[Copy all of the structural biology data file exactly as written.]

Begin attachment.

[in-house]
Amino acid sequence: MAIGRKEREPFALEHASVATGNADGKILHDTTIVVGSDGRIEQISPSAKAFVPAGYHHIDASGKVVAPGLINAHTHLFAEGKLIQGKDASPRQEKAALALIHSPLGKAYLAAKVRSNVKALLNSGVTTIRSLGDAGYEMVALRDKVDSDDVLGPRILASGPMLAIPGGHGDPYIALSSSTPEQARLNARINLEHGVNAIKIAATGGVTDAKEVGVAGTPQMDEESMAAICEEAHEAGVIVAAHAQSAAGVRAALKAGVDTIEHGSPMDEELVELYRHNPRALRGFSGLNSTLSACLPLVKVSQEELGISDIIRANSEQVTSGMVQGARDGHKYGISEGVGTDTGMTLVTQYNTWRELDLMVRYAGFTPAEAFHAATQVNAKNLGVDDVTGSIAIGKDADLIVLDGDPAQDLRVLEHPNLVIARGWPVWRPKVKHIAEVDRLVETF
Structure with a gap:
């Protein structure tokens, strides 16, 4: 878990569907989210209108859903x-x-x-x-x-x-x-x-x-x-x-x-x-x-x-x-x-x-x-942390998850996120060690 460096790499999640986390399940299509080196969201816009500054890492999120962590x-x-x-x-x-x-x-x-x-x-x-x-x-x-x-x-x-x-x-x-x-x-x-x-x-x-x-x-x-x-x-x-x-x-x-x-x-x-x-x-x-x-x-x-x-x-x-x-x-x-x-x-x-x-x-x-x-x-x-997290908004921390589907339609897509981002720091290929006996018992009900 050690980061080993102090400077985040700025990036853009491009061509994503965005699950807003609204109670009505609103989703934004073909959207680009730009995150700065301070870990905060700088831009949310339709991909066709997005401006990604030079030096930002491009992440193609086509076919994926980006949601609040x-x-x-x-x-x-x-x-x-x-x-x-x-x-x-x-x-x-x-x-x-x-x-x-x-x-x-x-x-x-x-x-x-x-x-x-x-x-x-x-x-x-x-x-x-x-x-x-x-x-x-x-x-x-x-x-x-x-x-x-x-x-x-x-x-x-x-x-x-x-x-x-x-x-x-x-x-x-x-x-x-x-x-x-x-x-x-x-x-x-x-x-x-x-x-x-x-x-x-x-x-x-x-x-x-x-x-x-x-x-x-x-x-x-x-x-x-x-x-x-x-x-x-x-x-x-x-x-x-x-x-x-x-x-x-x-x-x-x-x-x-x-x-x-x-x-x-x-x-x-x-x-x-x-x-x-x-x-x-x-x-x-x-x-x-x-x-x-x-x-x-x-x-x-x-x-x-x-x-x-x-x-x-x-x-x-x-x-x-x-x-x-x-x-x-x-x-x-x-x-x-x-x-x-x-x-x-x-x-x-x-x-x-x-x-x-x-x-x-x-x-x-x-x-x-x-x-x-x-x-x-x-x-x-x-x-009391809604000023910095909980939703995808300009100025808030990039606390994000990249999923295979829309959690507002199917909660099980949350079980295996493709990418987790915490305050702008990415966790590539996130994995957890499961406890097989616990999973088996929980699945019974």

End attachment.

[in-house]
Amino acid sequence: MAIGRKEREPFALEHASVATGNADGKILHDTTIVVGSDGRIEQISPSAKAFVPAGYHHIDASGKVVAPGLINAHTHLFAEGKLIQGKDASPRQEKAALALIHSPLGKAYLAAKVRSNVKALLNSGVTTIRSLGDAGYEMVALRDKVDSDDVLGPRILASGPMLAIPGGHGDPYIALSSSTPEQARLNARINLEHGVNAIKIAATGGVTDAKEVGVAGTPQMDEESMAAICEEAHEAGVIVAAHAQSAAGVRAALKAGVDTIEHGSPMDEELVELYRHNPRALRGFSGLNSTLSACLPLVKVSQEELGISDIIRANSEQVTSGMVQGARDGHKYGISEGVGTDTGMTLVTQYNTWRELDLMVRYAGFTPAEAFHAATQVNAKNLGVDDVTGSIAIGKDADLIVLDGDPAQDLRVLEHPNLVIARGWPVWRPKVKHIAEVDRLVETF
Structure with a gap:
């Protein structure tokens, strides 16, 4: 878990569907989210209108859903x-x-x-x-x-x-x-x-x-x-x-x-x-x-x-x-x-x-x-942390998850996120060690 460096790499999640986390399940299509080196969201816009500054890492999120962590x-x-x-x-x-x-x-x-x-x-x-x-x-x-x-x-x-x-x-x-x-x-x-x-x-x-x-x-x-x-x-x-x-x-x-x-x-x-x-x-x-x-x-x-x-x-x-x-x-x-x-x-x-x-x-x-x-x-x-997290908004921390589907339609897509981002720091290929006996018992009900 050690980061080993102090400077985040700025990036853009491009061509994503965005699950807003609204109670009505609103989703934004073909959207680009730009995150700065301070870990905060700088831009949310339709991909066709997005401006990604030079030096930002491009992440193609086509076919994926980006949601609040x-x-x-x-x-x-x-x-x-x-x-x-x-x-x-x-x-x-x-x-x-x-x-x-x-x-x-x-x-x-x-x-x-x-x-x-x-x-x-x-x-x-x-x-x-x-x-x-x-x-x-x-x-x-x-x-x-x-x-x-x-x-x-x-x-x-x-x-x-x-x-x-x-x-x-x-x-x-x-x-x-x-x-x-x-x-x-x-x-x-x-x-x-x-x-x-x-x-x-x-x-x-x-x-x-x-x-x-x-x-x-x-x-x-x-x-x-x-x-x-x-x-x-x-x-x-x-x-x-x-x-x-x-x-x-x-x-x-x-x-x-x-x-x-x-x-x-x-x-x-x-x-x-x-x-x-x-x-x-x-x-x-x-x-x-x-x-x-x-x-x-x-x-x-x-x-x-x-x-x-x-x-x-x-x-x-x-x-x-x-x-x-x-x-x-x-x-x-x-x-x-x-x-x-x-x-x-x-x-x-x-x-x-x-x-x-x-x-x-x-x-x-x-x-x-x-x-x-x-x-x-x-x-x-x-x-009391809604000023910095909980939703995808300009100025808030990039606390994000990249999923295979829309959690507002199917909660099980949350079980295996493709990418987790915490305050702008990415966790590539996130994995957890499961406890097989616990999973088996929980699945019974």